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Religious leaders shocked by attack on Ramadan and Pentecost

LONDON (RNS) The archbishop of Canterbury warned that the U.K. could end up 'hiding behind closed doors' and urged Christians not to be afraid.

Muslims pray at a floral tribute near London Bridge, after attackers rammed a hired van into pedestrians on London Bridge and stabbed others nearby killing and injuring people, in London on June 3, 2017. Photo courtesy of Reuters/Peter Nicholls

LONDON (RNS) Religious leaders prayed for London after another terrorist attack in Britain left seven dead and scores injured on the eve of the Christian holiday of Pentecost and during the Muslim holy month of Ramadan.

The attack, in which a van was deliberately driven into pedestrians on London Bridge and the three men in the van then ran amok with knives, stabbing passers-by, took place less than two weeks after the bomb attack in Manchester and just over two months after an Islamist attack in Westminster at the heart of Parliament.

The three assailants, who were all shot dead by police, are understood to be Islamist terrorists, with witnesses saying they heard one of them shout “This is for Allah,” as he stabbed one victim.

The deadly events coincide with two of the holiest times in the Muslim and Christian calendars: Ramadan and Pentecost, which fell on Sunday (June 4), and left religious leaders shocked at not only the violence but the timing.

Harun Khan, the secretary general of the Muslim Council of Britain, condemned the attacks in his home city in the strongest terms. “That this should happen in this month of Ramadan, when many Muslims were praying and fasting only goes to show that these people respect neither life nor faith,” he said.

Christian leaders who expected to spend Sunday celebrating the feast of Pentecost instead turned their attention to the attacks that took place a day earlier in the London Bridge area, which has become one of the capital’s most popular neighborhoods for restaurants and bars.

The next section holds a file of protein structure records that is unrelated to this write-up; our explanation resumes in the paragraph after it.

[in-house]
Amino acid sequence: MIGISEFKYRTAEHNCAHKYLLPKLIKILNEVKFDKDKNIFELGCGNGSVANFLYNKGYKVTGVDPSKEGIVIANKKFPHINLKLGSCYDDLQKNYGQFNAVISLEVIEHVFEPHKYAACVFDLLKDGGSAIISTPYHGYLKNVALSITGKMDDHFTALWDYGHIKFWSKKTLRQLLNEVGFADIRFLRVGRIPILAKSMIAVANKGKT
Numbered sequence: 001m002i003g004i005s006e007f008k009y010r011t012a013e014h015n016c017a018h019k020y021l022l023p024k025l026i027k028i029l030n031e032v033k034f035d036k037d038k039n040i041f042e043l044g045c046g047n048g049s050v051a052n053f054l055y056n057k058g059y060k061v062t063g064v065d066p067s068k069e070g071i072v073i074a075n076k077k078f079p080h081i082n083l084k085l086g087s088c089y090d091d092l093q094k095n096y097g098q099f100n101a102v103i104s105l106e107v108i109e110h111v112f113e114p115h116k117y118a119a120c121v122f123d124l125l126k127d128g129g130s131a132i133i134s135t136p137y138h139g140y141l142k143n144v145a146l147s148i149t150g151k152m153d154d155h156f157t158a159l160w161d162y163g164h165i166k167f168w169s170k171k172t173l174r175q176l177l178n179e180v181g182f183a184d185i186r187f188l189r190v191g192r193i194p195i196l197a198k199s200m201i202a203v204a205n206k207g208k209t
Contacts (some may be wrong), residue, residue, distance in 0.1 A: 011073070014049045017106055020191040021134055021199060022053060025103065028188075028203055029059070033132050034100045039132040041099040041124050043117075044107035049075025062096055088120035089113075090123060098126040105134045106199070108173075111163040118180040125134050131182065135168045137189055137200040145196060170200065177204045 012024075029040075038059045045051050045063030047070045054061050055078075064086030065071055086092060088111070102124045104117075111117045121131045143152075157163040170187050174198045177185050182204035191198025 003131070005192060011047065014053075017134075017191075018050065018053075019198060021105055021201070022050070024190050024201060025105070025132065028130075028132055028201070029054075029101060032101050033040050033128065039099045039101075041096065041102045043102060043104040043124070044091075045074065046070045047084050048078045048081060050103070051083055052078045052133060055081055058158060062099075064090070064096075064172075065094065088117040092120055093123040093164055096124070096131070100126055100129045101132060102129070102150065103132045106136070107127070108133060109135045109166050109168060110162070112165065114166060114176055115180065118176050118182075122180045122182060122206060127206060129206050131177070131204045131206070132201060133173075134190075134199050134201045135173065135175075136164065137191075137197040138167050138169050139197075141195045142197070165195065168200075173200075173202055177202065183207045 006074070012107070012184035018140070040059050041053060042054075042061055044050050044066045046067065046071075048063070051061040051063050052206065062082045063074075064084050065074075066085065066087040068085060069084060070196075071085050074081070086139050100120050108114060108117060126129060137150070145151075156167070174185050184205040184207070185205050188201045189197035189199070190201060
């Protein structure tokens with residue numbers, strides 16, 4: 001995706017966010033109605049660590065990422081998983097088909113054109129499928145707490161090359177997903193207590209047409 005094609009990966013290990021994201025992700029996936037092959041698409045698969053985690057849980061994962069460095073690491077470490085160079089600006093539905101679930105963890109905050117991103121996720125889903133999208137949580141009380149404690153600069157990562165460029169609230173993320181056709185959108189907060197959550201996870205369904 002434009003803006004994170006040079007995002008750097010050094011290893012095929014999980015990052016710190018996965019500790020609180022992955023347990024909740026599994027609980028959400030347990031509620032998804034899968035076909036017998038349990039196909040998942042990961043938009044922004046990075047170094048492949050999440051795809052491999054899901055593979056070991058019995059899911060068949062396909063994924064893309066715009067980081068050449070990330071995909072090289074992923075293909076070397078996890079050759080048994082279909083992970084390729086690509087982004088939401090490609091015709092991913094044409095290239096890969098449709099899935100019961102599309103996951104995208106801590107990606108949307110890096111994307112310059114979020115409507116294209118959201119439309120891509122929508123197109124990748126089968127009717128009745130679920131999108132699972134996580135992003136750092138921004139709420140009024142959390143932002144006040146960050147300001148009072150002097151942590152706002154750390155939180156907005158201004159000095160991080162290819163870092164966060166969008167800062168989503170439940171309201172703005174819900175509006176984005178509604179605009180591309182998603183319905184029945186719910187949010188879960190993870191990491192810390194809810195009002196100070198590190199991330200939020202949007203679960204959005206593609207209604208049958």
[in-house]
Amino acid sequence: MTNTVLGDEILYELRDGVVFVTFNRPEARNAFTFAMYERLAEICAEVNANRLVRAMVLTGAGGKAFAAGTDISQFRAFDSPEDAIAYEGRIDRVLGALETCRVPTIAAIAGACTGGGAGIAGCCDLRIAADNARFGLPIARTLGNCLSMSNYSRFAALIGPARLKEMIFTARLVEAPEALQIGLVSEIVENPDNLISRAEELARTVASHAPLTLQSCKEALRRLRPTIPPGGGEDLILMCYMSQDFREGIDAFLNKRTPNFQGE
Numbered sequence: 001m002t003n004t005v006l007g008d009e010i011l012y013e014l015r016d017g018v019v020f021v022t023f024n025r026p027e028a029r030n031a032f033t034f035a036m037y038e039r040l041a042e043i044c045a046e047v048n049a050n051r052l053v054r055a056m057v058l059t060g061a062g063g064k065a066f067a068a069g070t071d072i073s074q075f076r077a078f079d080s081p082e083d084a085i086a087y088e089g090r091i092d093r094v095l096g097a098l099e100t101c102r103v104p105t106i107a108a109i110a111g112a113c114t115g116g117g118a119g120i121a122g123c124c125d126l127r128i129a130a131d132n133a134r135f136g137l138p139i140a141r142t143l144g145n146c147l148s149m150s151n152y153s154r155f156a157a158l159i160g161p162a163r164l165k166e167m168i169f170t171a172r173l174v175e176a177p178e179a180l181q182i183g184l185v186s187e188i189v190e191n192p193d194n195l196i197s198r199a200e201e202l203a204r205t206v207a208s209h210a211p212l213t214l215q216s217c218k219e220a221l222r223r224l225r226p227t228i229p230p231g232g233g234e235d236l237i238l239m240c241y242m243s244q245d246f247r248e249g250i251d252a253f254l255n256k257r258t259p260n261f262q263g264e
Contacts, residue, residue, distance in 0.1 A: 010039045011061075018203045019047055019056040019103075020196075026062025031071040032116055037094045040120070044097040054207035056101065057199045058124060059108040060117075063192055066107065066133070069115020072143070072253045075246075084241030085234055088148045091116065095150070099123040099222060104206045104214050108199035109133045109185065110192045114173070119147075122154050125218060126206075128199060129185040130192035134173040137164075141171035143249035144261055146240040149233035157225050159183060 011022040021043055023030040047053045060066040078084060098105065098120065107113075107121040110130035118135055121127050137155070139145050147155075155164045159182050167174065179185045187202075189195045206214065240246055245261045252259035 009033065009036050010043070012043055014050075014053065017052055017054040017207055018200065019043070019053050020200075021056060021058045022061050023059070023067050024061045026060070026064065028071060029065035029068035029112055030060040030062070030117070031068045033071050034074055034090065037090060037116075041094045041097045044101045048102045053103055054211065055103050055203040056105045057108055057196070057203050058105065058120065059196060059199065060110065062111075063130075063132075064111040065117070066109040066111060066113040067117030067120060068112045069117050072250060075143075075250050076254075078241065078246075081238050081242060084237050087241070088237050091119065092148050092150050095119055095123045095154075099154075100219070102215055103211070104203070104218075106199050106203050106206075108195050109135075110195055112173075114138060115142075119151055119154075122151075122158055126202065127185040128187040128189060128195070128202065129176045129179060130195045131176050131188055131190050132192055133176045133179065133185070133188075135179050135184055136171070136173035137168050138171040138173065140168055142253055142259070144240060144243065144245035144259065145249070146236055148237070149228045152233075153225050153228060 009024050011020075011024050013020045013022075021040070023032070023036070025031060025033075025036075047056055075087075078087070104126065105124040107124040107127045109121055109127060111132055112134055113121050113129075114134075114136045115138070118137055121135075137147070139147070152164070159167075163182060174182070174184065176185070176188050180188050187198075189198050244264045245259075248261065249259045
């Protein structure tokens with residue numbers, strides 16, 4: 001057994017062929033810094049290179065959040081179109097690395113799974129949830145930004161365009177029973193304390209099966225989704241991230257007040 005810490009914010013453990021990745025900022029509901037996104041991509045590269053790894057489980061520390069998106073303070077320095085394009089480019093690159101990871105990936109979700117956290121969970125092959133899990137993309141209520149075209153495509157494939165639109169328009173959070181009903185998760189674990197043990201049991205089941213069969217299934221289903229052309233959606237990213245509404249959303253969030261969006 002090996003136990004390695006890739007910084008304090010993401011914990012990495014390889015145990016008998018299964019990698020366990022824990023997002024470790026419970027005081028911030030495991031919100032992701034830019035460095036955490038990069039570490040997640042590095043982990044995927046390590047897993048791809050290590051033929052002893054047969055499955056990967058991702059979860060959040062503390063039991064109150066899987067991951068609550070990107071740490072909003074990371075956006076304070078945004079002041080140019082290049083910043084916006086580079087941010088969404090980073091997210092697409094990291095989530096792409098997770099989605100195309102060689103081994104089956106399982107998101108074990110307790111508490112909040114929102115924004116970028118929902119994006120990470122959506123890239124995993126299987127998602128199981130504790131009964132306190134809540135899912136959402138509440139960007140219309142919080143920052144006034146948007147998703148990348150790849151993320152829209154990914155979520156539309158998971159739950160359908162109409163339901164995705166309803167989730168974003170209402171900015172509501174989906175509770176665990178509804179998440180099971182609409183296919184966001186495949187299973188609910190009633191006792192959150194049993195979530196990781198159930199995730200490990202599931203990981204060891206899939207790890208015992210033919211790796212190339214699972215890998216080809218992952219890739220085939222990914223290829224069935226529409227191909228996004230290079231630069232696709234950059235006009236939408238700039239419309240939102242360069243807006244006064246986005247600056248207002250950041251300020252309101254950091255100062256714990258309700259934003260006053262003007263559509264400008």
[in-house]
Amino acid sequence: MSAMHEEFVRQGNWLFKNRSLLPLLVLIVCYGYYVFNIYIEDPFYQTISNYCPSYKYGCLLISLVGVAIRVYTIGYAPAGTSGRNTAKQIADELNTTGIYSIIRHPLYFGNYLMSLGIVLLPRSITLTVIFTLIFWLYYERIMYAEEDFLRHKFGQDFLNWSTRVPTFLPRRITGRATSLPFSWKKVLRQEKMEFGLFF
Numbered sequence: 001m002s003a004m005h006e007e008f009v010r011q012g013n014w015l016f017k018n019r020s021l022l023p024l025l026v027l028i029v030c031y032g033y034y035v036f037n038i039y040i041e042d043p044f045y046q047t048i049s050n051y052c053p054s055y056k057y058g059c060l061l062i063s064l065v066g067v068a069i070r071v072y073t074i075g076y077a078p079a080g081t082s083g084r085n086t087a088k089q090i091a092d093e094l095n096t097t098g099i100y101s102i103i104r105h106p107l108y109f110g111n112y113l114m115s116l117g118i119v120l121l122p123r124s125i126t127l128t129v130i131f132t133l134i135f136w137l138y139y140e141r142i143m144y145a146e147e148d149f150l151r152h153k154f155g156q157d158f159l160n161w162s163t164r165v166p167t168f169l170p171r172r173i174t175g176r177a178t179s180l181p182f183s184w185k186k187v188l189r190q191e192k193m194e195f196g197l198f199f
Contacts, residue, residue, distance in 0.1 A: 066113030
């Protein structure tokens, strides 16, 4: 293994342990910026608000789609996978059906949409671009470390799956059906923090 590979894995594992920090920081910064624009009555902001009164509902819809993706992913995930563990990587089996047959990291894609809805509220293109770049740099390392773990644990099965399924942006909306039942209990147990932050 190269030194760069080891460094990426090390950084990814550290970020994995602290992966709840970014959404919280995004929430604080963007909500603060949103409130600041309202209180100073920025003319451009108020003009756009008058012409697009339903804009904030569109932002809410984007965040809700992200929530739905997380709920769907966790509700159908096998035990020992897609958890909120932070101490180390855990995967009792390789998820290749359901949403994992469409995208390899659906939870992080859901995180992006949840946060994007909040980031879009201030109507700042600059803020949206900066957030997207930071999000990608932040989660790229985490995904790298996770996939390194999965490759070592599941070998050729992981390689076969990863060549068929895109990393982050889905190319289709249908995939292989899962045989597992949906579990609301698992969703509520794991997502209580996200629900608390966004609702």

Archbishop of Canterbury Justin Welby tweeted: “Again we grieve with wounded and bereaved, as they face pain and struggle. Today we pray ‘Come Holy Spirit’, Spirit of peace and of healing.”

Later the archbishop, who was preaching at a Pentecost service in Kent, about 40 miles east of London, warned that the U.K. could end up “hiding behind closed doors” and urged Christians not to be afraid. He was referring to the disciples hiding behind closed doors at the time of Pentecost.

“There is a risk of our nation becoming a people who flee danger and try and lock themselves away when our culture, our history and our calling is to be those who overcome danger and overcome those who cause danger,” Welby said.

Road closures continued around the London Bridge area as police and forensic officers searched for evidence, cutting off nearby Southwark Cathedral and forcing its diocesan Pentecost service, to which people from all over the south London diocese were due to travel, to be moved a few miles away.

At the nearby Catholic cathedral of St. George’s, which was not affected by the cordon, at all Masses a minute’s silence was observed and prayers offered for those killed and injured in the attack.

Political leaders also expressed outrage, with Prime Minister Theresa May saying there had been too much tolerance of extremism, interpreted by political analysts as a reference to terrorists being able to get their messages out on the internet.

British Prime Minister Theresa May: London terror attack shows Britain too tolerant of extremism

London’s Muslim mayor, Sadiq Khan, said the capital remained safe, although many Londoners disagreed.

Community leaders urged calm, but at Speakers’ Corner in London’s Hyde Park — one of the capital’s most famous places for public speaking — there was evidence of growing tensions in the capital as a Muslim speaker holding a copy of the Quran was denounced by some passers-by as “a disgrace.”

(Catherine Pepinster is a correspondent based in London)

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